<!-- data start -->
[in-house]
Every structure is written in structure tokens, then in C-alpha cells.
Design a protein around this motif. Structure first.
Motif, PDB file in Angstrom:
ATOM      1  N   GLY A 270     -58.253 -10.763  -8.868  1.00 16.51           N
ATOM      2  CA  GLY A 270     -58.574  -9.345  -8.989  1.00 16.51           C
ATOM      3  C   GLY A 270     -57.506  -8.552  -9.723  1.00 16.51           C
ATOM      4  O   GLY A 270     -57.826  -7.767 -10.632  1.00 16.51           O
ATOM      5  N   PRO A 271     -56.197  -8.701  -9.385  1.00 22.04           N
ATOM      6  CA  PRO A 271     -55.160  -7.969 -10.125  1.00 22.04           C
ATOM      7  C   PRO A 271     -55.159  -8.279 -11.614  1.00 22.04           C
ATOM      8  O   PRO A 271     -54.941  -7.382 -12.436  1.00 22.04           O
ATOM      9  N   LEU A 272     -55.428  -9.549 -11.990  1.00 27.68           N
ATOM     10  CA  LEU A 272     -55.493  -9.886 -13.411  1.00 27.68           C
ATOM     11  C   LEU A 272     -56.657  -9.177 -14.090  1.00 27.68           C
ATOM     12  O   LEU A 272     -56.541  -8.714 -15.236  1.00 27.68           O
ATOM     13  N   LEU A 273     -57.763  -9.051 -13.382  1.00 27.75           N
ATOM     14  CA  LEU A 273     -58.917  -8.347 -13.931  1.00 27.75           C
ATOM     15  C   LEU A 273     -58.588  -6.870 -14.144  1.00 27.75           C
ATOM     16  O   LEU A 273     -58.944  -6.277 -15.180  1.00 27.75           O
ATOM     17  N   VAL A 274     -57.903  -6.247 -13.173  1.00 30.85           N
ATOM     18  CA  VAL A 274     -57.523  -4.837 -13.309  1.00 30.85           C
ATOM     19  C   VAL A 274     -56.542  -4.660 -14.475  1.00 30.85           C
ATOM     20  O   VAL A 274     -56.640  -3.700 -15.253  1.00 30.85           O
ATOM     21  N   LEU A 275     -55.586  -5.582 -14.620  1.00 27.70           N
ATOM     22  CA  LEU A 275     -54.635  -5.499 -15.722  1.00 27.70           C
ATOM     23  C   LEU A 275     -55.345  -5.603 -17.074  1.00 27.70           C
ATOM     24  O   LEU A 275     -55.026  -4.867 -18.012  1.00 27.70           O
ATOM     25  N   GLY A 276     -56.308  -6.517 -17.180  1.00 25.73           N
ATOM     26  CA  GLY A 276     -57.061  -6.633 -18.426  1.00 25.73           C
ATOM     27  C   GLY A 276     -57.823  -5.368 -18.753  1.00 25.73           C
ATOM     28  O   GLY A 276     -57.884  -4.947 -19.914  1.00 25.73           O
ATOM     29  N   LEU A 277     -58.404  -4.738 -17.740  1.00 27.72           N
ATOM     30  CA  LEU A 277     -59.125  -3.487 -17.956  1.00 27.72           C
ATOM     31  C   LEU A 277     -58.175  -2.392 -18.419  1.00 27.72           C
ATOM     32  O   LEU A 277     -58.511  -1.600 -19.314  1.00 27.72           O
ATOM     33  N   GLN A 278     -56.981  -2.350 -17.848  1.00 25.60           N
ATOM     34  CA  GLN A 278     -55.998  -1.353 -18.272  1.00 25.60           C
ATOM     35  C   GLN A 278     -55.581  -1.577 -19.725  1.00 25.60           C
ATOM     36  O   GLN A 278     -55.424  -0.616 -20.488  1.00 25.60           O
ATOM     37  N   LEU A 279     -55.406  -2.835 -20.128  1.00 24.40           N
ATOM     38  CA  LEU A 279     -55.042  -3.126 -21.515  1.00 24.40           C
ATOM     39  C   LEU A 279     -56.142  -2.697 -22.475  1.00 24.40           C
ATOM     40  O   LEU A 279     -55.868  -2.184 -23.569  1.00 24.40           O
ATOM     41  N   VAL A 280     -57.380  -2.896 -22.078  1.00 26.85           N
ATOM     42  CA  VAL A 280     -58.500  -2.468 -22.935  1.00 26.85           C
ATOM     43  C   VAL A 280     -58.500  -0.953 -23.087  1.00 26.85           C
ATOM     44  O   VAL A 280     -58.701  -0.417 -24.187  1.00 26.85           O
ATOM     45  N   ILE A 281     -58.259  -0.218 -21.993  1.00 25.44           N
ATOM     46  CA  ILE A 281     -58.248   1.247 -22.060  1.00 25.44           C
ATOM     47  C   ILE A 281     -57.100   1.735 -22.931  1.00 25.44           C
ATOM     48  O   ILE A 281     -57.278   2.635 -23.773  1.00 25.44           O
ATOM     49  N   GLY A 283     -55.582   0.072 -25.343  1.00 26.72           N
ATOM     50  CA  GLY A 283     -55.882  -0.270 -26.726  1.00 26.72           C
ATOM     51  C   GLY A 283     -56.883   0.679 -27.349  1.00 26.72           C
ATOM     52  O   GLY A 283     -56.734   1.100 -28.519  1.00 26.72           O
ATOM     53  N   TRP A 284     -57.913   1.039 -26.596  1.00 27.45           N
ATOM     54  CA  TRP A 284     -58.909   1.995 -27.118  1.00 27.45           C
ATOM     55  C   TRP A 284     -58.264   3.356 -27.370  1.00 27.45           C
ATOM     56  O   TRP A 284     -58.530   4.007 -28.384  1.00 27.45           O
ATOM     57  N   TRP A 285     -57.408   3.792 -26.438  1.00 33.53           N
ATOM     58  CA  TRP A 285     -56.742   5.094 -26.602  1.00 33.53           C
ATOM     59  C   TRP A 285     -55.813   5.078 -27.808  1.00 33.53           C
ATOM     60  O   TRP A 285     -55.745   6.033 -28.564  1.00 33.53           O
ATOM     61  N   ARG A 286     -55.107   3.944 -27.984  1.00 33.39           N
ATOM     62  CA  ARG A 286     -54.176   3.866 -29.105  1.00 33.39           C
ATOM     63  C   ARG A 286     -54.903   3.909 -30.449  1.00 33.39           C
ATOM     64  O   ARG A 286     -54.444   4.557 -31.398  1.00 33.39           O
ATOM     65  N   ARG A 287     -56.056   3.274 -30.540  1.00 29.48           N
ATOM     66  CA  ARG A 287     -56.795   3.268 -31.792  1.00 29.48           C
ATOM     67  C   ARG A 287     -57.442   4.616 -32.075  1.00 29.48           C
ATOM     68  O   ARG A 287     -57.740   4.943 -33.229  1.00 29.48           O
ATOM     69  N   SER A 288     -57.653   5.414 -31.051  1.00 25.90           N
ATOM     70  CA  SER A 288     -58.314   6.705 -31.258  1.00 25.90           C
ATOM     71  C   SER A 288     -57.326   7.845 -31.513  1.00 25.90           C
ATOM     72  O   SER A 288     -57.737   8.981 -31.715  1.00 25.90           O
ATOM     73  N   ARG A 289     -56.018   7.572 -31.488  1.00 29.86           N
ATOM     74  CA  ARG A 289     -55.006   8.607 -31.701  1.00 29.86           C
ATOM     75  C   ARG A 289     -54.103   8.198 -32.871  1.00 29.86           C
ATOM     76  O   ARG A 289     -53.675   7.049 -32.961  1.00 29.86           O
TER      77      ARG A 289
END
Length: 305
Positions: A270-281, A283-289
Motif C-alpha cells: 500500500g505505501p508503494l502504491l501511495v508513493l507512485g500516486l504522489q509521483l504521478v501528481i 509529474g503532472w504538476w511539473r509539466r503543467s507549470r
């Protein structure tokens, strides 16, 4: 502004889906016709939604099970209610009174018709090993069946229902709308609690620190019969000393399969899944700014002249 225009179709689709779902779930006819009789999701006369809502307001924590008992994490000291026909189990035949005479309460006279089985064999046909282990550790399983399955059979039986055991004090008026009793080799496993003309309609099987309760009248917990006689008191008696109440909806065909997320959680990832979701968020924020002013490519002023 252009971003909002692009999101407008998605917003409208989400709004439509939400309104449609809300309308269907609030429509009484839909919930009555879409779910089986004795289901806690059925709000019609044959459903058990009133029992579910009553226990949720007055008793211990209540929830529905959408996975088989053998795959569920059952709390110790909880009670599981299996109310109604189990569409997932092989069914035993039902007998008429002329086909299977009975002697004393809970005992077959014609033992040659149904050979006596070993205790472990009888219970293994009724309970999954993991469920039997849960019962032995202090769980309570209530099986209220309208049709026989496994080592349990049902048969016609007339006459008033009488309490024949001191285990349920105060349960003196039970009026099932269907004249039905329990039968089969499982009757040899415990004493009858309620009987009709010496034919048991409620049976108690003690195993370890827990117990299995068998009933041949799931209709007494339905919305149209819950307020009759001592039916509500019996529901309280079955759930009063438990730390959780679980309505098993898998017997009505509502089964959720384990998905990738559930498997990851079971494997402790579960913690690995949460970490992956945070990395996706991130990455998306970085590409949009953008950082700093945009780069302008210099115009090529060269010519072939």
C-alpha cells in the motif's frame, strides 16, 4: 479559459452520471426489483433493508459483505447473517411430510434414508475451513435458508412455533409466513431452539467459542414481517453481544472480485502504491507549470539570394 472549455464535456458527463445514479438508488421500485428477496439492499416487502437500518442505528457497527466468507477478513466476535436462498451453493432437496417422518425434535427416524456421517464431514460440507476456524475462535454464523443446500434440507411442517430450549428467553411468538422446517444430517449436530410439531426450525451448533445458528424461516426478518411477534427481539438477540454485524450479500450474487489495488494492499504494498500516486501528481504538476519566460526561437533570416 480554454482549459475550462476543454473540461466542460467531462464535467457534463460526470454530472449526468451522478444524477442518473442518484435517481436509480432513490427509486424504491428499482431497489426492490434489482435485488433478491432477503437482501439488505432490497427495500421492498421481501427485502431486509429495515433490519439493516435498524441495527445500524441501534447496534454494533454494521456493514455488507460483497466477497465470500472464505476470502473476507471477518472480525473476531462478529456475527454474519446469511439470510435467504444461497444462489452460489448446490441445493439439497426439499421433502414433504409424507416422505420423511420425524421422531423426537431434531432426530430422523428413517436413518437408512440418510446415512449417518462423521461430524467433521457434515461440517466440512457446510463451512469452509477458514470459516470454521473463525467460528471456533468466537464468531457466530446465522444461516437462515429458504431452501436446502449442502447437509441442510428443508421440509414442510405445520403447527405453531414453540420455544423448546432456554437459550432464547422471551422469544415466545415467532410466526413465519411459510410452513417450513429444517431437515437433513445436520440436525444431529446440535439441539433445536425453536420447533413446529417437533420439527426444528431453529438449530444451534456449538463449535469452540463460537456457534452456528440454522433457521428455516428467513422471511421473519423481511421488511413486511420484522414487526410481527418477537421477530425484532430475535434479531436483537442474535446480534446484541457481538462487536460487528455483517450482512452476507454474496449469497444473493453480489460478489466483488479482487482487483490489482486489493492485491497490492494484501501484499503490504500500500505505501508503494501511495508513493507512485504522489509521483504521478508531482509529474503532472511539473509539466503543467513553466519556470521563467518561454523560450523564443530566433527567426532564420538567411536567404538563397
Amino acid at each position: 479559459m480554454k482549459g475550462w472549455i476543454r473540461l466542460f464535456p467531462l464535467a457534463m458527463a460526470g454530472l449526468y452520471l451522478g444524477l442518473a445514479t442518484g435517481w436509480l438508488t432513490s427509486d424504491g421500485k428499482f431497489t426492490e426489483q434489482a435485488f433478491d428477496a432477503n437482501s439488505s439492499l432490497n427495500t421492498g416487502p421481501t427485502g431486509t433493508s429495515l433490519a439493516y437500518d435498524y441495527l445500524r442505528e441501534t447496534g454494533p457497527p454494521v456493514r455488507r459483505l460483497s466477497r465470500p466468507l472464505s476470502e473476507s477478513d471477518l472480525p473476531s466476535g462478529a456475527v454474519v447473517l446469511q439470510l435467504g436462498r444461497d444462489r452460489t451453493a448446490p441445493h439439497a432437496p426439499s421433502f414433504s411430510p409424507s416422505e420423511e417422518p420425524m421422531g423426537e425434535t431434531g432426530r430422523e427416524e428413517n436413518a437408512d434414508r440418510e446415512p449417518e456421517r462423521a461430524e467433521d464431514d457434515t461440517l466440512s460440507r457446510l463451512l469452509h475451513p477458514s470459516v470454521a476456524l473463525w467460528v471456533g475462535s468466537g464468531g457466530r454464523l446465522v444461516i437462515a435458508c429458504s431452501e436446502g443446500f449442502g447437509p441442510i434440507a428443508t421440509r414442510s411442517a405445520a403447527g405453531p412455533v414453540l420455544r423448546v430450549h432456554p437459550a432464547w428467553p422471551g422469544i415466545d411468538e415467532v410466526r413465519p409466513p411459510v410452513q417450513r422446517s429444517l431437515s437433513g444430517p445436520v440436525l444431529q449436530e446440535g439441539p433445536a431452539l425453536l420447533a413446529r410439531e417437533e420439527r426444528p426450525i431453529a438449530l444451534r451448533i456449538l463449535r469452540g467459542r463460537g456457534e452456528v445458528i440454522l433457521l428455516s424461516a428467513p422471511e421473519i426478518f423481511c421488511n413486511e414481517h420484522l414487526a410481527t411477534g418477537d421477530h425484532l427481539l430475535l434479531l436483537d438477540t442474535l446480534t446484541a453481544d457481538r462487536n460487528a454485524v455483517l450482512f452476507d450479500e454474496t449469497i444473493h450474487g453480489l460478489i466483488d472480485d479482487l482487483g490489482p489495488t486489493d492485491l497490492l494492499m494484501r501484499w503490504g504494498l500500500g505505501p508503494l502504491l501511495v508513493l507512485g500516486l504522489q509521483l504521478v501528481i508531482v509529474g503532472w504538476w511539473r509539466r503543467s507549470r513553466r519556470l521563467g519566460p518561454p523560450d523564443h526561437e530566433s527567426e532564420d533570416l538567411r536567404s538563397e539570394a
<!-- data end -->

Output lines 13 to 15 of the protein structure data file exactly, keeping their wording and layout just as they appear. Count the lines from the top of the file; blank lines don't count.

ATOM      9  N   LEU A 272     -55.428  -9.549 -11.990  1.00 27.68           N
ATOM     10  CA  LEU A 272     -55.493  -9.886 -13.411  1.00 27.68           C
ATOM     11  C   LEU A 272     -56.657  -9.177 -14.090  1.00 27.68           C